Elizabeth Autio on Recruiting Teachers for Your Education Study
My name is Elizabeth Autio and I am an associate at Education Northwest, a non-profit organization serving educators through research, evaluation, and technical assistance.
This is a companion piece to my earlier post on Recruiting Participants for Your Study: Practical Strategies and Advice that more specifically details tips on recruiting teachers into your study. I found it was important to do these sessions in person so that teachers could hear my recruitment message and make informed decisions about their participation.
- Make it personal. A potential participant’s decision is influenced by their personal rapport with you. Take the time to establish relationships. These can be initiated via email or telephone, but are best solidified by an in-person visit. If they will be interfacing with a study team, showing pictures of the other team members communicates more than sharing their vitas.
- Flexibility and firmness. Scheduling your visit requires a balance of these qualities. Some dates might be on your calendar weeks in advance, while others might come through the day prior. At the same time, be clear about how much time you need with the teachers to adequately deliver your information and answer their questions.
- Add extra travel time. Teachers are on tight schedules. Being on time respects that; moreover, if you are late, those are lost minutes for your recruitment session that you will not get back. Confirm addresses and directions, as schools are routinely rebuilt, closed, or temporarily housed, and such changes are not always reflected in Google or Mapquest. These sites also often underestimate driving times; I add 50 percent, then an extra 10 minutes to get myself out the door.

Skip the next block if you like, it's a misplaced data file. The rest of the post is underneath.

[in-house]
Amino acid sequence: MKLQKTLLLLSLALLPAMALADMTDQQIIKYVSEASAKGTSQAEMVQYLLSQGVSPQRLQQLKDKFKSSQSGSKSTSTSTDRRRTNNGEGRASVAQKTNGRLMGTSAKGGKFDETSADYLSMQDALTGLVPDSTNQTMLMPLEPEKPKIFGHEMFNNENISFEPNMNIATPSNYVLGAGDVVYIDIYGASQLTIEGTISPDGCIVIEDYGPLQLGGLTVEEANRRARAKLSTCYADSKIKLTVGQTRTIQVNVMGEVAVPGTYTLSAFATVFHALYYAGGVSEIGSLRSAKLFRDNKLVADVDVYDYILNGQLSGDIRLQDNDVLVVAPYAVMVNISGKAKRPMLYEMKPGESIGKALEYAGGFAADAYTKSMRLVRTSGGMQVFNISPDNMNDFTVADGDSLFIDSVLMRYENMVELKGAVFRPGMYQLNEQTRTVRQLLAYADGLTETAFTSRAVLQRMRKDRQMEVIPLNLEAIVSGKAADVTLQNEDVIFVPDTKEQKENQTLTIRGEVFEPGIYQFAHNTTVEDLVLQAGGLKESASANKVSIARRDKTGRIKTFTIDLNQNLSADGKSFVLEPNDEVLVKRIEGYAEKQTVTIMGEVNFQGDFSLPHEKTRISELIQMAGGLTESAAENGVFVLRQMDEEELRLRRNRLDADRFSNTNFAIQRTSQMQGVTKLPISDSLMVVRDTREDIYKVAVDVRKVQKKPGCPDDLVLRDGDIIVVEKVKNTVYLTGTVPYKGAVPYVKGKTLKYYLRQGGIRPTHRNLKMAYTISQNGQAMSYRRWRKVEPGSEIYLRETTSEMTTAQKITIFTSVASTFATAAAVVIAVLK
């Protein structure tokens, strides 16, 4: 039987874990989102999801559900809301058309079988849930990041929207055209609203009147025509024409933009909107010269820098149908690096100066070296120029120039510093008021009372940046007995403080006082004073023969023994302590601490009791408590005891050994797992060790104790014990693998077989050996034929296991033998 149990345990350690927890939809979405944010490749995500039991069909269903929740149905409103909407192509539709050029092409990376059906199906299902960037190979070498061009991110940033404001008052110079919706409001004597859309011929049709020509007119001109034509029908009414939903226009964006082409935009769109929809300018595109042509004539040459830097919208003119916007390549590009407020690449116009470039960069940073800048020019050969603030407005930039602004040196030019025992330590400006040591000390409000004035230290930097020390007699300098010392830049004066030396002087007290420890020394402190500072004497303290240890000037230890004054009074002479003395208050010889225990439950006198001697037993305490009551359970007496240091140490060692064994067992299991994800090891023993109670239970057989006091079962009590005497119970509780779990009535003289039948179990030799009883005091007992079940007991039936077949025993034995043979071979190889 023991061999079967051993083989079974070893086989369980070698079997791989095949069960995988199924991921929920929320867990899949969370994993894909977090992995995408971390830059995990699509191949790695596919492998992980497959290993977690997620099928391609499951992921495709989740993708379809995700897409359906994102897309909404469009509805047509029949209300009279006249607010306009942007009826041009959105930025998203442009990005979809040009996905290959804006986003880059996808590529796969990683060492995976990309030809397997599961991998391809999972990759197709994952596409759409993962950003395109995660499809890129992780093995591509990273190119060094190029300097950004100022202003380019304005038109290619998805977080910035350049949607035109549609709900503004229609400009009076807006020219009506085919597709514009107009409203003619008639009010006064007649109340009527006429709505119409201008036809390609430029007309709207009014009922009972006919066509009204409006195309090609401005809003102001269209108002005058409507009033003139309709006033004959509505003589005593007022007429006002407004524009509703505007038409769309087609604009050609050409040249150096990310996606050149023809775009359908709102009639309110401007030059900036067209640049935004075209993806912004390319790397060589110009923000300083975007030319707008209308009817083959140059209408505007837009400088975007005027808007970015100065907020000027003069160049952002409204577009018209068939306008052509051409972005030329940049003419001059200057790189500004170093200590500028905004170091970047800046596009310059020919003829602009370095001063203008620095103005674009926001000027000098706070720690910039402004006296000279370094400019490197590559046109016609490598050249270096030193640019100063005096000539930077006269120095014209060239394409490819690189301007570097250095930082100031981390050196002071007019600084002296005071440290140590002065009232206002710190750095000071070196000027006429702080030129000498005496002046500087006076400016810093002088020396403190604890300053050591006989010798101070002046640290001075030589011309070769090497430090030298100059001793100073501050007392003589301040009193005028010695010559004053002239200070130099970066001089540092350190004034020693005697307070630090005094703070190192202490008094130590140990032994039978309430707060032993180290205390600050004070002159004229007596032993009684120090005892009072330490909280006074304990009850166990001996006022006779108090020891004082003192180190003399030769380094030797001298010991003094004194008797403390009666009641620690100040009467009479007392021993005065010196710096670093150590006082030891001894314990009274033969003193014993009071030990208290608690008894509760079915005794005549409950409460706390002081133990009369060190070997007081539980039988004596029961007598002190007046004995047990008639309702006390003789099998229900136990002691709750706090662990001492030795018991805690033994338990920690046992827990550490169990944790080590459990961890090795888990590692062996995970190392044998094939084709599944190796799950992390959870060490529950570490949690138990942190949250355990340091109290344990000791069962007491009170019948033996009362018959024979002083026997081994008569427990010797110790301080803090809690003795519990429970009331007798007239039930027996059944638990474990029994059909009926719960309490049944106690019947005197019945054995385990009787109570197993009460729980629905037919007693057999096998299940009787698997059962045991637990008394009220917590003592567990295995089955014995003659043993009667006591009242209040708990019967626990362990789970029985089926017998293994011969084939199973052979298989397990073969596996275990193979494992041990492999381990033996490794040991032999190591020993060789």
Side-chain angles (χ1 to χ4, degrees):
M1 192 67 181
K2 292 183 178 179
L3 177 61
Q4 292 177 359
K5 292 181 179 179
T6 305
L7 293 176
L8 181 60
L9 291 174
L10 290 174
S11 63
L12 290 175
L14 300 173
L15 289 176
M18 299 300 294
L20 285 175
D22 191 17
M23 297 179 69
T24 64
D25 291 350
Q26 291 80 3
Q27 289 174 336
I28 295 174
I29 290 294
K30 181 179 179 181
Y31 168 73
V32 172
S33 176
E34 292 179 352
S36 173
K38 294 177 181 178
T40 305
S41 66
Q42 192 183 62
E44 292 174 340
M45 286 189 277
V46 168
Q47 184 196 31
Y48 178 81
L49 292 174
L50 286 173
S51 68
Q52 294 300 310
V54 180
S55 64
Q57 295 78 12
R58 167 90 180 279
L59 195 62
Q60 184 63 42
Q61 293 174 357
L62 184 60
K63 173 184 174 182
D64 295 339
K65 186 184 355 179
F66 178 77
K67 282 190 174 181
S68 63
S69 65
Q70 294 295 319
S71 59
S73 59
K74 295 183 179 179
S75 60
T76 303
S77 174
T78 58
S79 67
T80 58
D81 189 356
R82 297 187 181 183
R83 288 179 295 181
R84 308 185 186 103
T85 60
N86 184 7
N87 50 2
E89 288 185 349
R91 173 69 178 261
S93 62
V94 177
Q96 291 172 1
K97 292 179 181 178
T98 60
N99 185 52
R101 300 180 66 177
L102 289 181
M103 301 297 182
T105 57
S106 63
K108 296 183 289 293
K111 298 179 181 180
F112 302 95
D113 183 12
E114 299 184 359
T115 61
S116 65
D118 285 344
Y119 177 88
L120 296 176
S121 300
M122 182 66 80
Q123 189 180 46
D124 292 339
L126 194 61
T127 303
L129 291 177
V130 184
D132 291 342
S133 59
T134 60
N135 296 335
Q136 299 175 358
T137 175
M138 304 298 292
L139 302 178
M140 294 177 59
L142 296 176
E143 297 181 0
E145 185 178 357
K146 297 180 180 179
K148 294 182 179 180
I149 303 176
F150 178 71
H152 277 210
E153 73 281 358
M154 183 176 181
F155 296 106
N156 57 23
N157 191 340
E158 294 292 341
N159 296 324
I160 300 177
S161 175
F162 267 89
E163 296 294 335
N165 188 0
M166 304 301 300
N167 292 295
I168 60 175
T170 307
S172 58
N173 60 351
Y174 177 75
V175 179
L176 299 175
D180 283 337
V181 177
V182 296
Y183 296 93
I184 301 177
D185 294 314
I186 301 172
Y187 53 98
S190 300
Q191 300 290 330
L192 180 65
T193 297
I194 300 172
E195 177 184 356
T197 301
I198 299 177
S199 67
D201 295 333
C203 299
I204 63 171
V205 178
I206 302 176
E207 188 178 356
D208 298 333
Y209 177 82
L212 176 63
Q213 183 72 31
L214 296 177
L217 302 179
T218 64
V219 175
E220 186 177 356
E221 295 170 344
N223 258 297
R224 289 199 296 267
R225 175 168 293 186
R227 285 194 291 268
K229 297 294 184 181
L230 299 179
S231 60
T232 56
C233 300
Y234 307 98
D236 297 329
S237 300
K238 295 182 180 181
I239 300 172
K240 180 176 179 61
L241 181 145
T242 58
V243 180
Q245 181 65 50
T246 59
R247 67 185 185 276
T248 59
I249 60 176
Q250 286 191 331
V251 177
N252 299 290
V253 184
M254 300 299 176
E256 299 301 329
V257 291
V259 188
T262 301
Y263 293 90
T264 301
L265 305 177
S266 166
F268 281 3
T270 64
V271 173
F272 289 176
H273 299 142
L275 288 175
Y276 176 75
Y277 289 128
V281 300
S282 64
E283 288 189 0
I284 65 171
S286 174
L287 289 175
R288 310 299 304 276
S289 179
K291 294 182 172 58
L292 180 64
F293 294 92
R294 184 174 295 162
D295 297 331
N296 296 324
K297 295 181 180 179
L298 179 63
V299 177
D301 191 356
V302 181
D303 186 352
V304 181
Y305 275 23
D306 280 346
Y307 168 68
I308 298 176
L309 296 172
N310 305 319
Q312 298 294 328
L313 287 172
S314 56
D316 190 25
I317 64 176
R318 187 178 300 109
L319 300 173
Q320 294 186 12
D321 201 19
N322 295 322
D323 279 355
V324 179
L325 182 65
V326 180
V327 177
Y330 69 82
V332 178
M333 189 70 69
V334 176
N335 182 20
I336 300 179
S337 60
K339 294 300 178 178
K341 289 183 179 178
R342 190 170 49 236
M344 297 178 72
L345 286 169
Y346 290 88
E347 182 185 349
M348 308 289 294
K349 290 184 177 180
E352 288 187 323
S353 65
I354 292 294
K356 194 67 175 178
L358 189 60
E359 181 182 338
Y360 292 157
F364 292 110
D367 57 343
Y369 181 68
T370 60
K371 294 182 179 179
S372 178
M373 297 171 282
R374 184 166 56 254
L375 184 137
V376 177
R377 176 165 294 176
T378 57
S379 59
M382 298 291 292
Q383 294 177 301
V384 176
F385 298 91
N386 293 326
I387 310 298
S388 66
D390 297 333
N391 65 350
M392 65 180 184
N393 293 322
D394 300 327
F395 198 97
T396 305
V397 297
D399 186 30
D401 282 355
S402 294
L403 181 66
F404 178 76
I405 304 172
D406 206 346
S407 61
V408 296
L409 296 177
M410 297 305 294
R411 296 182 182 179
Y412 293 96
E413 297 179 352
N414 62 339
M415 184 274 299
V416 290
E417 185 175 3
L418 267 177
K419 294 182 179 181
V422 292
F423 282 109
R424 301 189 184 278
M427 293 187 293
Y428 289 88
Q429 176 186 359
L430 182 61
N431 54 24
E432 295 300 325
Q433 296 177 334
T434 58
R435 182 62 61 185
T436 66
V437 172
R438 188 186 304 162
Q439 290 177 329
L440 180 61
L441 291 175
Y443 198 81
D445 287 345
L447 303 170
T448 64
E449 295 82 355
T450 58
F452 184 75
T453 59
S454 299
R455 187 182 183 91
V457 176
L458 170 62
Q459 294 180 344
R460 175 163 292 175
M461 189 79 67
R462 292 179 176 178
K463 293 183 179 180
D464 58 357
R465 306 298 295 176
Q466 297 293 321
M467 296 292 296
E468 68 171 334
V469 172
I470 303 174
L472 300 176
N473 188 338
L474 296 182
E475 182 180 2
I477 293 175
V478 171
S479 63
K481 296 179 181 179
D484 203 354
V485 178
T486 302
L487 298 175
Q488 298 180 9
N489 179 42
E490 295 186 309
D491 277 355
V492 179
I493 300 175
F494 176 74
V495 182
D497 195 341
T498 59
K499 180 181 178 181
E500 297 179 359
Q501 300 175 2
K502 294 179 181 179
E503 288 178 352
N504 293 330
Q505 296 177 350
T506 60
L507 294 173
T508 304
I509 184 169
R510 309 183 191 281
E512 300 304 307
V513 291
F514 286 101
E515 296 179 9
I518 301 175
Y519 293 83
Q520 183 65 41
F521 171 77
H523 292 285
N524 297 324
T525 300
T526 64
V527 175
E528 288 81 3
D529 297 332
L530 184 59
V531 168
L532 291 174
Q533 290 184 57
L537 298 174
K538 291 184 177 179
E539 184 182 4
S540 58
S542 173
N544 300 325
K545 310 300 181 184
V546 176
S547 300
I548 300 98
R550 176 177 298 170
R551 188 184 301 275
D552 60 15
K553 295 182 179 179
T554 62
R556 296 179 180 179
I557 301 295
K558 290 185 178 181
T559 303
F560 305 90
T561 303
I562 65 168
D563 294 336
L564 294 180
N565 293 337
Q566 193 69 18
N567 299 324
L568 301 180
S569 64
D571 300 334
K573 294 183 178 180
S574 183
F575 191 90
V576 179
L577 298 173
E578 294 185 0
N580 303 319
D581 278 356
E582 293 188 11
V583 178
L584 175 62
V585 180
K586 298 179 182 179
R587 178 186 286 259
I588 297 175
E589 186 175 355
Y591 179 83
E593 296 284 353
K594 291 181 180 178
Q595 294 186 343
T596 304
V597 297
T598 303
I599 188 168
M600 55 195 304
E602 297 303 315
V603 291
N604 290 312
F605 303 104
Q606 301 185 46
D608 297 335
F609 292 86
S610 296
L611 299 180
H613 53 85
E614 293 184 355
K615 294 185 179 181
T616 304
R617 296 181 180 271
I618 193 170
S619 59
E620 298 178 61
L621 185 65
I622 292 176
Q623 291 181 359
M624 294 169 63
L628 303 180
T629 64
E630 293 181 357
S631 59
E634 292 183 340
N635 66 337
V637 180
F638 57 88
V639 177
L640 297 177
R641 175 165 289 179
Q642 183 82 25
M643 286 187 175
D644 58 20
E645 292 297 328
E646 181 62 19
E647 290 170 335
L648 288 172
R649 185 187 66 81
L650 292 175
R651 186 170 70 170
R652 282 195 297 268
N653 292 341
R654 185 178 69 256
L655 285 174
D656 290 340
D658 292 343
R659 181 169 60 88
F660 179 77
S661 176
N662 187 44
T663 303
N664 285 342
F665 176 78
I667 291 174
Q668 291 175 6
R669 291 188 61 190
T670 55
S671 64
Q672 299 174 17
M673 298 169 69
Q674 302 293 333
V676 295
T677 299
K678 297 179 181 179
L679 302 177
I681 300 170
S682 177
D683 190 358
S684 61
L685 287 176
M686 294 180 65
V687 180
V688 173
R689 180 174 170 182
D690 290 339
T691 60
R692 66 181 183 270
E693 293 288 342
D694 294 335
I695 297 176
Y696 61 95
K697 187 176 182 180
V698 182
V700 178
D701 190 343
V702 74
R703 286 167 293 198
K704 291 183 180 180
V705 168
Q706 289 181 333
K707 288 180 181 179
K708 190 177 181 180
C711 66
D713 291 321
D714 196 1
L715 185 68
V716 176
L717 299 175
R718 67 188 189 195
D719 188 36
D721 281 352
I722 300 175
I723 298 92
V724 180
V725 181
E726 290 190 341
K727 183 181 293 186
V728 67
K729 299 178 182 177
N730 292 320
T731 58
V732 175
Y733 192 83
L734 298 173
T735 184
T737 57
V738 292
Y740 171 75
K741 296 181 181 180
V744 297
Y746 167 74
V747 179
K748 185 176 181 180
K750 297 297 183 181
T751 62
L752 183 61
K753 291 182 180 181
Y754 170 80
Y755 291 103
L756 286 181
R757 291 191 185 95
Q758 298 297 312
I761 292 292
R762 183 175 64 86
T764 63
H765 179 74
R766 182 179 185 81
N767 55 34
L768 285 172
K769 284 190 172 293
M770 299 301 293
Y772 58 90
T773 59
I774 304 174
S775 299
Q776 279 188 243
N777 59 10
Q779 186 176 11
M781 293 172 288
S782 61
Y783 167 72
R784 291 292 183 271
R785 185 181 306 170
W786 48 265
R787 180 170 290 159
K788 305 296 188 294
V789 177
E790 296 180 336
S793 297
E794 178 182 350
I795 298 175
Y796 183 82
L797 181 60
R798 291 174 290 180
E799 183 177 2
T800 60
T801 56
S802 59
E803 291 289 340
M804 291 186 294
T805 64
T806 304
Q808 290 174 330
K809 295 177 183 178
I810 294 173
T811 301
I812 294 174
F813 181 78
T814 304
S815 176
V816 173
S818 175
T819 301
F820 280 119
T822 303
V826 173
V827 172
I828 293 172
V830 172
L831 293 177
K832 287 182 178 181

- Take snacks. Putting out snacks to share with the group is a small thing that goes a long way in showing your appreciation.
- Pool teachers across a district. If possible, ask teachers to come together to a central site across a district. This saves time and money.
- Be clear. Explain who you are, who you work for, and who is funding the study. Communicate essential points of the study methodology in layperson terms.
- Be aware of their community. The places that you visit might be different than your own: politically, demographically, culturally, and/or religiously. Learn about community norms in advance, if possible, or observe them while you are there. This might affect the assumptions you make, your dress, your jokes, or even the way that you address people.
- Put a signature on it! Give participants something to sign – such as a memorandum of understanding (see example here) – that outlines the details of their participation. Leave them with ready-to-sign copies and postage paid return envelopes.
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